I added AFI instructions here too, to act as placeholders for the auto sequence logic that we’re going to add later.
Output Rungs for the Outlet Pump
Similarly I created an output rung for the outlet pump motor starter. In this case, we don’t want to run the outlet pump once there’s nothing to pump:
Programming Motion Control for the Agitator Axis
The reason I included a motion control axis in our fictional washing machine was so I could give an example of how to program motion control in RSLogix 5000.
What defines “motion” control?
So when we’re talking about motion control, what do we mean? In general, it’s any time that your machine moves, but I don’t think that’s accurate enough. I think it’s more accurate to say that it’s any time an axis (servo, slide, cylinder, etc.) moves from one point to another point. The reason I’m being pedantic about this is because if you just have a contactor that turns on a motor and you’re not sensing some position (perhaps you’re just doing speed control) then that’s not really what we mean when we talk about motion control. However, if you start a motor and it turns a ball screw and you run it until you hit a sensor, and then you turn it off, that’s motion control (or close enough).
Whenever you see terms like Advance/Retract, Raise/Lower, Grasp/Release or Engage/Disengage then you’re talking about motion control because you have some kind of motion from point A to point B, and back again. These are simple two position motions, but it’s also expandable to 3, 4, or N positions. You can even have a position that’s calculated dynamically, like if you use machine vision to locate a part on a conveyor belt and you want to pick it up. There’s a dynamic pickup position, probably a pounce position, a drop off position, and perhaps other positions throughout your motion profile.
The Five Rung Logic Block
I’m going to demonstrate a programming pattern called five rung logic that’s applicable to all these cases. When most people first see five rung logic, they think it’s overkill. So did I. However, they have two advantages:
- They can be adapted to suit any of the above situations
- They’re a standard pattern, so other programmers who are familiar with five rung logic will find it easier to follow and troubleshoot your logic
I also found that during commissioning most of my motion control logic eventually grows to the point where it’s at least as complex, or worse, than a five rung logic block, so I discovered it’s better to just layout all your motion positions with five rung blocks at the beginning, and it makes commissioning go a lot faster.
The Five Rung UDT
The five run logic block is a great place to apply the RSLogix 5000 user defined type (UDT) feature. UDT’s are difficult to change when you’re doing online programming, so they’re not good for program structures that change a lot, but five rung logic is so standardized that you can build a UDT and use it all over the place. Here’s what a general five rung UDT looks like:
To create the UDT, go to the controller organizer, under the Data Types folder, right click on the User-Defined subfolder, and select New Data Type… Then create the following:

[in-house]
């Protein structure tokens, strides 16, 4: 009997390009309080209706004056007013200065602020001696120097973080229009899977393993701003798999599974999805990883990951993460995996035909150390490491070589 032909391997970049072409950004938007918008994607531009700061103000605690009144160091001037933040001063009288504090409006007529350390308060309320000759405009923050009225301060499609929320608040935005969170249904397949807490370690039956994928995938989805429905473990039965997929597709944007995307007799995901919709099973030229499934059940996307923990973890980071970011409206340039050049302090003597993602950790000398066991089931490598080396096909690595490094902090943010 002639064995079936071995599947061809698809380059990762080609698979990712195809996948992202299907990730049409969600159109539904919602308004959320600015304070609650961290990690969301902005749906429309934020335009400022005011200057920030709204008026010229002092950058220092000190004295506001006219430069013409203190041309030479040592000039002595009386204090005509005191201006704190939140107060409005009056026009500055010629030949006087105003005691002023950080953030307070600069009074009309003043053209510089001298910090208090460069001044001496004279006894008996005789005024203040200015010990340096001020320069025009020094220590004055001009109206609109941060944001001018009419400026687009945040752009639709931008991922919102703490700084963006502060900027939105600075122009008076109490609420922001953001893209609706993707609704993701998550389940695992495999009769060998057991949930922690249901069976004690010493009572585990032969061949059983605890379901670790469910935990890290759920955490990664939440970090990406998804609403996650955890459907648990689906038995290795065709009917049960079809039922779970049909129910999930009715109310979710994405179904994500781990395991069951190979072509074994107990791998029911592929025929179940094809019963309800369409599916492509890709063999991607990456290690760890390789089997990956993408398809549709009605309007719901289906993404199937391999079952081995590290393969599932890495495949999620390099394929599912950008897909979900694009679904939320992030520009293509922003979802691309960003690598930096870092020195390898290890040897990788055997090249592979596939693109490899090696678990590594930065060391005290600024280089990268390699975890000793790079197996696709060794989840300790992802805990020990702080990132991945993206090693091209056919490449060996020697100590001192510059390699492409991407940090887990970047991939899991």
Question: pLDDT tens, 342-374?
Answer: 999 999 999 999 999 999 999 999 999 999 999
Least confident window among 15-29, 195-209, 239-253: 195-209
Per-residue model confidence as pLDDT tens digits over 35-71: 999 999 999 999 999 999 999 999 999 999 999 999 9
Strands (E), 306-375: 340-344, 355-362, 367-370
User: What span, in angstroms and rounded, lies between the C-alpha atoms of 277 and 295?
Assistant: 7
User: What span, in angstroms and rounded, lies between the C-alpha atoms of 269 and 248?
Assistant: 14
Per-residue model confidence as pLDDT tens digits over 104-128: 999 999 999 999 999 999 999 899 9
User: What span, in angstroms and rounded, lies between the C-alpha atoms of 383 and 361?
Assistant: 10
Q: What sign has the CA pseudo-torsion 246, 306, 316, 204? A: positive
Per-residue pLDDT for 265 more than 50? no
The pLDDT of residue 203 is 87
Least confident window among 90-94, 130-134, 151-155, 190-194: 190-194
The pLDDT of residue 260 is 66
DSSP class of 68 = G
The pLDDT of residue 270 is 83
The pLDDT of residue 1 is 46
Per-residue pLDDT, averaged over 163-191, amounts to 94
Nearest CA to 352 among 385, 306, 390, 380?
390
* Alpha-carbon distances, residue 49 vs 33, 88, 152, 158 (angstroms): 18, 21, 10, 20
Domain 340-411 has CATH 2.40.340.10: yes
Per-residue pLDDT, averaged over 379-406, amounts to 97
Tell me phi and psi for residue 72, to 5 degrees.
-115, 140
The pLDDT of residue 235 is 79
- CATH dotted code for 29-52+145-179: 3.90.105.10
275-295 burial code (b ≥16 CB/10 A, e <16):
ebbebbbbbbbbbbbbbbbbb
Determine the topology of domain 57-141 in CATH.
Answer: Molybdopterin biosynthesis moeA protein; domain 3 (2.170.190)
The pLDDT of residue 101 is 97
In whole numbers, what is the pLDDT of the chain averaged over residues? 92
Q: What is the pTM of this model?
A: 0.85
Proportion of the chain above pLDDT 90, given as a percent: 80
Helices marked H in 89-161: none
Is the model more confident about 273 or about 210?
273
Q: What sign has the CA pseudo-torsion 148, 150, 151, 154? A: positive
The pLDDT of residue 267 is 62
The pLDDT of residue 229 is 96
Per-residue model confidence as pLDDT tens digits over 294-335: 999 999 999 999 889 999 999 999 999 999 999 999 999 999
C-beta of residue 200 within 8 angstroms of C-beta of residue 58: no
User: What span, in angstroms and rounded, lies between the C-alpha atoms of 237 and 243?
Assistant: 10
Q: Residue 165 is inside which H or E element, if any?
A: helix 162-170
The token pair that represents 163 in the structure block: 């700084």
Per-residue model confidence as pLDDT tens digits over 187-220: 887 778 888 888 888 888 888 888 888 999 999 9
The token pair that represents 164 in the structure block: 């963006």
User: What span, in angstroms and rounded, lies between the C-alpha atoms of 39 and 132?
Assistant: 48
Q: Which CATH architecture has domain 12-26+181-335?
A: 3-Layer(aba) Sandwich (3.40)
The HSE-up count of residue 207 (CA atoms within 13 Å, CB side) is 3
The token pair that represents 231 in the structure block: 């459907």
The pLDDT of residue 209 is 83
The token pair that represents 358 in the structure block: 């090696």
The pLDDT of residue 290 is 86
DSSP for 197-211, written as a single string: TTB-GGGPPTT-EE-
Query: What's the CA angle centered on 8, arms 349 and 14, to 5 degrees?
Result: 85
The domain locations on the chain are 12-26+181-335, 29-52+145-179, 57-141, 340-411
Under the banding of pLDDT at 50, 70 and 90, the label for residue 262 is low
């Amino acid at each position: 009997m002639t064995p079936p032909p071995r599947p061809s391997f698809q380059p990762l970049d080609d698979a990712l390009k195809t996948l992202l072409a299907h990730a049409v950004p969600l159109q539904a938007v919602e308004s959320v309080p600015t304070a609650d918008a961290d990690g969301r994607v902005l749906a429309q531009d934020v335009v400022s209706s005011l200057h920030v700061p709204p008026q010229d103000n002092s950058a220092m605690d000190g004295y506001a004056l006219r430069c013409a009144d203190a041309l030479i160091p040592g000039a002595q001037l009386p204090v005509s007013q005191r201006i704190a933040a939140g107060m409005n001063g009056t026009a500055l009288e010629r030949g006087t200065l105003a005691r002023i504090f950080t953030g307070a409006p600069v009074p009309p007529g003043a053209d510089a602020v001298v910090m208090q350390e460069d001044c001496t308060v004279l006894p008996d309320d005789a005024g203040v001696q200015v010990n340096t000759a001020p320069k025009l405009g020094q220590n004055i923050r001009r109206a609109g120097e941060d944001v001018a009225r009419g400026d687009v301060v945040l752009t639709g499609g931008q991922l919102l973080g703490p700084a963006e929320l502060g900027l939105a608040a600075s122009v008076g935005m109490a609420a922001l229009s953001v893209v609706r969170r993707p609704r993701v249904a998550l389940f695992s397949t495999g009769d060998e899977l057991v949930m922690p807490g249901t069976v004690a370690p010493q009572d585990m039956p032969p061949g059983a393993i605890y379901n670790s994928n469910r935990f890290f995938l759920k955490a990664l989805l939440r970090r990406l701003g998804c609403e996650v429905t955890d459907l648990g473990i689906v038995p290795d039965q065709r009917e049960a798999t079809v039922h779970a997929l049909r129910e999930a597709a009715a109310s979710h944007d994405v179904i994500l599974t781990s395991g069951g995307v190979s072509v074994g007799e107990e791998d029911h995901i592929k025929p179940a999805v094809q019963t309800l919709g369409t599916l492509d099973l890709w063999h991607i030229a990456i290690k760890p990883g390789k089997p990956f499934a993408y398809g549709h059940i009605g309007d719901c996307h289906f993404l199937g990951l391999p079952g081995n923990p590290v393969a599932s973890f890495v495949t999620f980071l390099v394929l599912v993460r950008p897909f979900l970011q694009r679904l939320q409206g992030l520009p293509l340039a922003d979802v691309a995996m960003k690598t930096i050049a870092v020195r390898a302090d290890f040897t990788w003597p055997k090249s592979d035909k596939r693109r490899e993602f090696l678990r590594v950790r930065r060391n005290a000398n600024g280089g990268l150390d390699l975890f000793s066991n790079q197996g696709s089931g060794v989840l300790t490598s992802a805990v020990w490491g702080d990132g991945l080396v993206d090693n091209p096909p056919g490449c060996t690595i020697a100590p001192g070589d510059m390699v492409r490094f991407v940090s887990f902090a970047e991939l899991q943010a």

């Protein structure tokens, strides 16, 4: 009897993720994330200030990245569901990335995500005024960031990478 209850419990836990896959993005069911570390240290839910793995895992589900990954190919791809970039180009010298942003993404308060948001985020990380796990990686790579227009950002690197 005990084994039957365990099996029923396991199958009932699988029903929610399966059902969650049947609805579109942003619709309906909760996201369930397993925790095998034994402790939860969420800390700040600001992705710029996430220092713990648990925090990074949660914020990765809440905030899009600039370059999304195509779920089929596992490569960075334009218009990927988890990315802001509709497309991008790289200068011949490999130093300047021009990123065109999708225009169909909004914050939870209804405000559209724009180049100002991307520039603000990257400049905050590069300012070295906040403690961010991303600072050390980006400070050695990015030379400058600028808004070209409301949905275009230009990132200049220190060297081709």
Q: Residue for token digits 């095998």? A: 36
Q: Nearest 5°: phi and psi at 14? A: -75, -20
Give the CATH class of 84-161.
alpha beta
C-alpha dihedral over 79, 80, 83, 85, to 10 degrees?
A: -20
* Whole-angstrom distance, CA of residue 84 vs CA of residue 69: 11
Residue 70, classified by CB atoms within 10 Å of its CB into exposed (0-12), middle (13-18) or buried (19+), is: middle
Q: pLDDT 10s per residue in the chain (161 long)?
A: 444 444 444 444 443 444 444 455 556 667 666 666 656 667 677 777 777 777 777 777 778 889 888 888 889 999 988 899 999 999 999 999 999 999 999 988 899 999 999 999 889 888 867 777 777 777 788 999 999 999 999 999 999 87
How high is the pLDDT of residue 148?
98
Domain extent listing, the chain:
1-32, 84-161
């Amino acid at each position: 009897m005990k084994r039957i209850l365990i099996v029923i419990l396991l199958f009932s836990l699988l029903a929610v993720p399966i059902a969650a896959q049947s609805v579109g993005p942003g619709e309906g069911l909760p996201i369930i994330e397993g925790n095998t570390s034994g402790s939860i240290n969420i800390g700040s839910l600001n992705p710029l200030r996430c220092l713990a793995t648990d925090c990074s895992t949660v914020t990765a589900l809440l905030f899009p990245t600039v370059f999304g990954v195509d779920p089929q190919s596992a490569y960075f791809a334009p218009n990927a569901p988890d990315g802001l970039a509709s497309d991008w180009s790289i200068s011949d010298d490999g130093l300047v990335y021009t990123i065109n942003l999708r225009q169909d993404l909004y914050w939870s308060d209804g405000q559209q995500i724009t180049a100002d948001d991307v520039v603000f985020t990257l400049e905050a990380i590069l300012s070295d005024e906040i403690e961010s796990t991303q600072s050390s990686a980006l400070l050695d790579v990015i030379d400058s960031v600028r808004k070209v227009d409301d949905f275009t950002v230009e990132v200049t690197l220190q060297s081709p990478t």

Notice I’ve added two extra things that I didn’t talk about above. One is the FaultTMR Timer. This should be obvious – if we’re going to have a timeout fault, we need a timer. The second is the “PB” tag. We may not have use of a “manual mode” on a washing machine, but every machine in an industrial automation setting will have a manual mode, and you’ll almost always want a button on your HMI that says “Move to Position A”. We include the logic for this right in the five rung block itself, so I usually like to allocate a bit for the pushbutton right in my five rung UDT.
Here’s what a generic five rung logic block looks like (note that this is only to move one axis to one position):
You have to customize it for each situation. The contents of the safety and trigger rungs are obviously unique, but the command rung sometimes changes depending on the scenario. You may have more than just manual and automatic modes. Some automatic actions may actually happen when you’re not in automatic mode. Sometimes you may want an axis to “jog” (for instance a hydraulic axis moves slow, and you may want it only to move in manual mode if you hold your finger on the button) and in that case, you couldn’t seal in the Command bit around the manual mode pushbutton (you’d just seal it in around the trigger contact).
In a simple case, you would take the Command coil and use it to drive your Advance output, whether it be a solenoid, or whatever. In our case, we have a servo axis. This means we need to use RSLogix 5000 motion control blocks.
We need two motion blocks for each position we want to move to: an MAM instruction (motion axis move) and an MAS instruction (motion axis stop). The MAM instruction makes us go, but the MAS instruction let’s us stop motion when we need to abort it:
Notice that the MAM instruction has a Move Type parameter that I set to 1. This means it’s an incremental move. There are more options than just absolute and incremental. Check the MAM instruction help (highlight the MAM and press F1) to see a description of these options. Since I’m using a rotary axis here, I’m giving my command in degrees, so this instruction tells the axis to move 90 degrees forward from where it is now.
I’m just using the Command coil from my five-rung logic to drive the motion here. If the MAM instruction completes the move, it will turn on the .PC bit (program complete?). However, if it doesn’t complete (and the Command coil drops out before it completes), then the second rung will detect that the motion is in progress (the .IP bit) and will execute the MAS instruction to stop the move command.
For an incremental move, it’s reasonable to use the .IP bit from the MAM instruction in the “In Position” (or “Complete”) rung of your five-rung logic block. However, when doing absolute moves to a fixed position, I find it more reliable to base my In Position logic on the following axis tags:
That is, you can take the axis’ actual position and compare it against some limits you set to denote your position (plus or minus a tolerance). The position lock status tells you that the axis is within the position limits set in the axis configuration. You need to take the axis homed status into account before you even look at the actual position tag (normally the position won’t be valid if you haven’t homed). Homing is a lesson for another tutorial or blog post, but I’ll give you a hint: MAH.
Whew… that was rather long. Now it’s on to the sequence of operations…